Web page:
Should I Double Major In Computer Science And Math?

"I have been considering whether or not I should become a double major. I’m a computer science major right now, and I’m aiming to work in that field after I am out of school. It seemed most logical to consider a double major in CS and mathematics. I was going to just go ahead and sign up, but I ran into a friend who told me that her advisor told her it was a bad idea. I don’t see why. It seems pretty intuitive to me. I don’t understand why I wouldn’t want to do this. The math I learn should be supremely helpful in programming. Should I double major in math and computer science or not?"

asked by Stephen from Arlington, VA

It is not uncommon for advisors to discourage double majors like these. It’s also not uncommon for students to double major in math and computer science. It is probably one of the most common double majors there is. Many of the courses may overlap (more in some schools than in others). This may make it an approachable task. And as you mentioned, the logic skills you gain in your math classes may assist you with programming tasks. That said, there is no guarantee you will like both or excel at both, and both can be very challenging, even for those with natural talent.

Why are students sometimes discouraged from pursuing both as a double major? There are a couple of reasons. At the schools where advisors try to steer students away from the double major, it is generally because the overlap is not as big or the math program is particularly intense. At other schools where the programs are less intense, you may not encounter this attitude.

Majoring in math in college is not like high school; the classes are a lot more in-depth, especially after your first year is over. Mathematics is a very abstract field in many ways, and jumping into a math major is like embarking on a journey through very challenging terrain in an abstract universe. Computer science is rarely a walk in the park either—most students find it difficult. You will be dividing your time between two majors which are very tough on their own. Doing both at once will be more than twice as hard, because you will be stretching yourself so thin, and may feel pressed for time and energy. Not all students do well when they are trying to keep up with two very hard majors simultaneously.

The other reason you may be discouraged is because graduate school admissions boards (and sometimes employers) may look at your double major with uncertainty. They too may question how thinly your time and resources were distributed, and question whether you learned one or both the subjects well. You will have to be able to demonstrate that you did. If you have to choose, choose to learn the most about the subject you plan to pursue for a living (in your case, CS).

How do you make your decision? A good start would be a conversation with your own advisor, who should know more about the way that classes are structured at your university. If your advisor advises against a double major, he or she will be able to tell you the specific reasons for the advice, and you will be able to make an informed decision about whether to do it or not. You also may want to think about talking to someone on the graduate school admissions board. Find out how they feel about double majoring like this when they see it on transcripts, and whether they look favorably on it or not. While the same rules may not apply at another admissions board, the conversation will at least give you some insight you would not otherwise have had.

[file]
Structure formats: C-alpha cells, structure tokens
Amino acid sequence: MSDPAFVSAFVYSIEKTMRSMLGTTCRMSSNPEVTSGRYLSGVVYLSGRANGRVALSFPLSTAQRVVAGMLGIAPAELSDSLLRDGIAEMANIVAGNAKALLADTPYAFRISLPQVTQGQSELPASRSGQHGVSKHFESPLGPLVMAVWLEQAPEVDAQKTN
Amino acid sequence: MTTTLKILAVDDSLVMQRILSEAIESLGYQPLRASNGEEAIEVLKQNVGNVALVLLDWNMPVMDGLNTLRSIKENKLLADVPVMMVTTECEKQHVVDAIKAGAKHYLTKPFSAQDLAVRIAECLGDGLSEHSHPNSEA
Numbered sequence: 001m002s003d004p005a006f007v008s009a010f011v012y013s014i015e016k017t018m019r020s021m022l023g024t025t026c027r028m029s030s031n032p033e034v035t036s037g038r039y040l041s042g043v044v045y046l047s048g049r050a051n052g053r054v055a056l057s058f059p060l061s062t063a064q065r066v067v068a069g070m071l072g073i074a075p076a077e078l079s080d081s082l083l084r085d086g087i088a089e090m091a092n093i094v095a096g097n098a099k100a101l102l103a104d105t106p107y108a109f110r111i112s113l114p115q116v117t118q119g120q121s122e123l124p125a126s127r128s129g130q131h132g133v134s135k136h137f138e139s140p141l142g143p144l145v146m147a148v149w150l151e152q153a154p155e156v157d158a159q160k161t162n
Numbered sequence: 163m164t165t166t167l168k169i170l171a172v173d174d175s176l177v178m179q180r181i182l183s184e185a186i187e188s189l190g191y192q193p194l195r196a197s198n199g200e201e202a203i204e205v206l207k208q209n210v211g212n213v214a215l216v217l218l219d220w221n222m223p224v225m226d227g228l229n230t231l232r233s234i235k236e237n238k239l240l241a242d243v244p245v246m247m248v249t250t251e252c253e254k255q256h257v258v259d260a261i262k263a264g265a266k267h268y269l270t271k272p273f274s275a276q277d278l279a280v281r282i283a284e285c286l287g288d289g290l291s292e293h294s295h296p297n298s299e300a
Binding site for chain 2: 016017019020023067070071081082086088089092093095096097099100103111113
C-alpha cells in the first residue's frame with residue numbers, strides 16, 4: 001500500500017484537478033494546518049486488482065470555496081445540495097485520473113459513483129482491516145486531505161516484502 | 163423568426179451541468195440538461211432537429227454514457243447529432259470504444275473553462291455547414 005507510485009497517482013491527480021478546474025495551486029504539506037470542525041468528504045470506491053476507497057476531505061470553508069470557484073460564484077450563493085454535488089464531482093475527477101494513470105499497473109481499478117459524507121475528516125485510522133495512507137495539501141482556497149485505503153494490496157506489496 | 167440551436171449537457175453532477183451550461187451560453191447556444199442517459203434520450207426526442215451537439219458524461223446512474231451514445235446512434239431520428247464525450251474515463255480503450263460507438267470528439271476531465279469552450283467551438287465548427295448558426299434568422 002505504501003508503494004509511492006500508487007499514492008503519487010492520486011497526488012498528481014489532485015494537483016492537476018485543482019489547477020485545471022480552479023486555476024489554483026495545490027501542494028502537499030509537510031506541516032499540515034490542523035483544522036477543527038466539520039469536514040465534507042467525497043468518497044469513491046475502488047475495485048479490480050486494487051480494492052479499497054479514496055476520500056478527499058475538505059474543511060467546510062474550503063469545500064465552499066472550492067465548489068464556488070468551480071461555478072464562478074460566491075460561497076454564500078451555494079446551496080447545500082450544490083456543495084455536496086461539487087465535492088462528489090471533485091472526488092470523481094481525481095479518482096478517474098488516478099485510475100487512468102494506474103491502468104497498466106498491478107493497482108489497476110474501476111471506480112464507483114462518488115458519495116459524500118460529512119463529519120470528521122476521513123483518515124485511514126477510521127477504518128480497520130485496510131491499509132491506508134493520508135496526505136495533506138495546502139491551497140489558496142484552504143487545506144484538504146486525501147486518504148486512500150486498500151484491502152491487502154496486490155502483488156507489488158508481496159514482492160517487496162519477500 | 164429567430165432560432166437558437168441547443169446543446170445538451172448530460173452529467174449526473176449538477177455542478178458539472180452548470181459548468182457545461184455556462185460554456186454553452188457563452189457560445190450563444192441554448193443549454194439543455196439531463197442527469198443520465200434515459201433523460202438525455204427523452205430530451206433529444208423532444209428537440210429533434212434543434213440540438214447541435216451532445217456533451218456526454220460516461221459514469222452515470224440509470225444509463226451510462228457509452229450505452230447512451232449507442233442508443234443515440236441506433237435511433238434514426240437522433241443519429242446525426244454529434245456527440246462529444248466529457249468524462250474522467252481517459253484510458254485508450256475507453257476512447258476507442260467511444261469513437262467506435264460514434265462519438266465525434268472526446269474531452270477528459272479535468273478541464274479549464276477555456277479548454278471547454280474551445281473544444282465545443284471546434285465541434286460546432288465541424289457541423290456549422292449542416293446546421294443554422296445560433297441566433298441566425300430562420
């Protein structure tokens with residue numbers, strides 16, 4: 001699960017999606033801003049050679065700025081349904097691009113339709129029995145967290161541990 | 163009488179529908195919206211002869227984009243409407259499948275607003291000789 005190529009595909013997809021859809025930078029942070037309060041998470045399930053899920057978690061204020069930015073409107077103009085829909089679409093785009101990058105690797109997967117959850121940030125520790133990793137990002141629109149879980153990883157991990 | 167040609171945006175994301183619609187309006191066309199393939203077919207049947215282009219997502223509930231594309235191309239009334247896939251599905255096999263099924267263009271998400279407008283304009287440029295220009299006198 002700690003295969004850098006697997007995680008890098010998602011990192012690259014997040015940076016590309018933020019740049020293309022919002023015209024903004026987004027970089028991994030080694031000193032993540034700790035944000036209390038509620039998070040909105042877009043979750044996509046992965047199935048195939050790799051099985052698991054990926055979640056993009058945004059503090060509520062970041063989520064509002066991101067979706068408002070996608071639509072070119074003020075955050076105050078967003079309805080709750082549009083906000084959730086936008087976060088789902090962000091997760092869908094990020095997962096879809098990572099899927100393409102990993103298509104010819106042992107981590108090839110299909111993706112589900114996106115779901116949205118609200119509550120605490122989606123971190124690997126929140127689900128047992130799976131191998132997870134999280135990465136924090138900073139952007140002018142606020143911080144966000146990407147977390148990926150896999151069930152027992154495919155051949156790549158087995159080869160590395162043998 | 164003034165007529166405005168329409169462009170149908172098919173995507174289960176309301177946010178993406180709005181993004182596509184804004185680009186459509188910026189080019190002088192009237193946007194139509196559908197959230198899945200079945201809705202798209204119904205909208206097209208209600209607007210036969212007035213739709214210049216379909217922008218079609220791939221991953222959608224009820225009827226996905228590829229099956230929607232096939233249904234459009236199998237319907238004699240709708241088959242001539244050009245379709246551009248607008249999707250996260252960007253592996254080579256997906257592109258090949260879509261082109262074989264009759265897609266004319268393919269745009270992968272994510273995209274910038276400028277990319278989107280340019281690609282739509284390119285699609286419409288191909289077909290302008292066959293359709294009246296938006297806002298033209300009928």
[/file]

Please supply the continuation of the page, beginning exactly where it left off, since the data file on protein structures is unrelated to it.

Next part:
You also can interview students who actually are double majoring, and find out what it is like. Remember that your mileage may vary. One person’s impossible double major may be another person’s piece of cake. So when you listen to opinions, take into account your own skills, interests, and abilities, and try to translate the experiences you hear to your own situation.

If you are very keen on getting the math education, but you are steadily advised against the double major, you might still consider getting the double major, but consider other options as well. For example, you might major in computer science, and minor in math. This is a good way to get some extra math classes under your belt without the pressure of completing a full major in the subject. You also could choose to be more informal about it, and simply major in computer science and fill your elective spaces with math classes. If you meet the requirements for a minor, you can then declare further down the line. That way you can put the minor on your applications and resumes.

There is no right or wrong answer to your question, because your question is subjective, and asks for subjective advice. If you start asking around at your university, my guess is that you will find some people who love double majoring and others who hate it. Some people will tell you it is the best decision you could possibly make; others will tell you to avoid it at all costs.

Ultimately you will have to think about the benefits and drawbacks of the double major and decide whether double majoring is right for you. One great thing about going to college is that if you change your mind after your first year or two, you can always drop one of your majors, or pick one up (assuming you have been filling your elective spaces with math courses). You do not need to have an answer set in stone right away. You have a couple of years to get your answer squared away. Just stay on target and keep your options open for now.

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